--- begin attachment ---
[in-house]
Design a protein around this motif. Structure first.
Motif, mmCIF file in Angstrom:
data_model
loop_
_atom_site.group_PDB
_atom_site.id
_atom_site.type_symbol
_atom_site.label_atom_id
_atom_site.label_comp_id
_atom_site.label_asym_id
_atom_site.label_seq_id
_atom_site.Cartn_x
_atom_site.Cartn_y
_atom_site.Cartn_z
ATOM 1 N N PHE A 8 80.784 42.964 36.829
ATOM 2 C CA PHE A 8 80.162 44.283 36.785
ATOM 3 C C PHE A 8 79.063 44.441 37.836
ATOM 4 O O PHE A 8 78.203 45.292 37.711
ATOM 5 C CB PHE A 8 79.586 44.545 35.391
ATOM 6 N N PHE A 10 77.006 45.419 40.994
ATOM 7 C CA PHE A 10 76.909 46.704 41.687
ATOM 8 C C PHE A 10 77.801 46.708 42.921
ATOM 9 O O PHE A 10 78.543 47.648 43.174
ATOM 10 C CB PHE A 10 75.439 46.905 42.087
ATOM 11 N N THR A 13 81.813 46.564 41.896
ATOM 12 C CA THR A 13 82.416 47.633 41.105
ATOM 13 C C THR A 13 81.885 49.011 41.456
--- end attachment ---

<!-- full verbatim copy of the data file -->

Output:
[in-house]
Design a protein around this motif. Structure first.
Motif, mmCIF file in Angstrom:
data_model
loop_
_atom_site.group_PDB
_atom_site.id
_atom_site.type_symbol
_atom_site.label_atom_id
_atom_site.label_comp_id
_atom_site.label_asym_id
_atom_site.label_seq_id
_atom_site.Cartn_x
_atom_site.Cartn_y
_atom_site.Cartn_z
ATOM 1 N N PHE A 8 80.784 42.964 36.829
ATOM 2 C CA PHE A 8 80.162 44.283 36.785
ATOM 3 C C PHE A 8 79.063 44.441 37.836
ATOM 4 O O PHE A 8 78.203 45.292 37.711
ATOM 5 C CB PHE A 8 79.586 44.545 35.391
ATOM 6 N N PHE A 10 77.006 45.419 40.994
ATOM 7 C CA PHE A 10 76.909 46.704 41.687
ATOM 8 C C PHE A 10 77.801 46.708 42.921
ATOM 9 O O PHE A 10 78.543 47.648 43.174
ATOM 10 C CB PHE A 10 75.439 46.905 42.087
ATOM 11 N N THR A 13 81.813 46.564 41.896
ATOM 12 C CA THR A 13 82.416 47.633 41.105
ATOM 13 C C THR A 13 81.885 49.011 41.456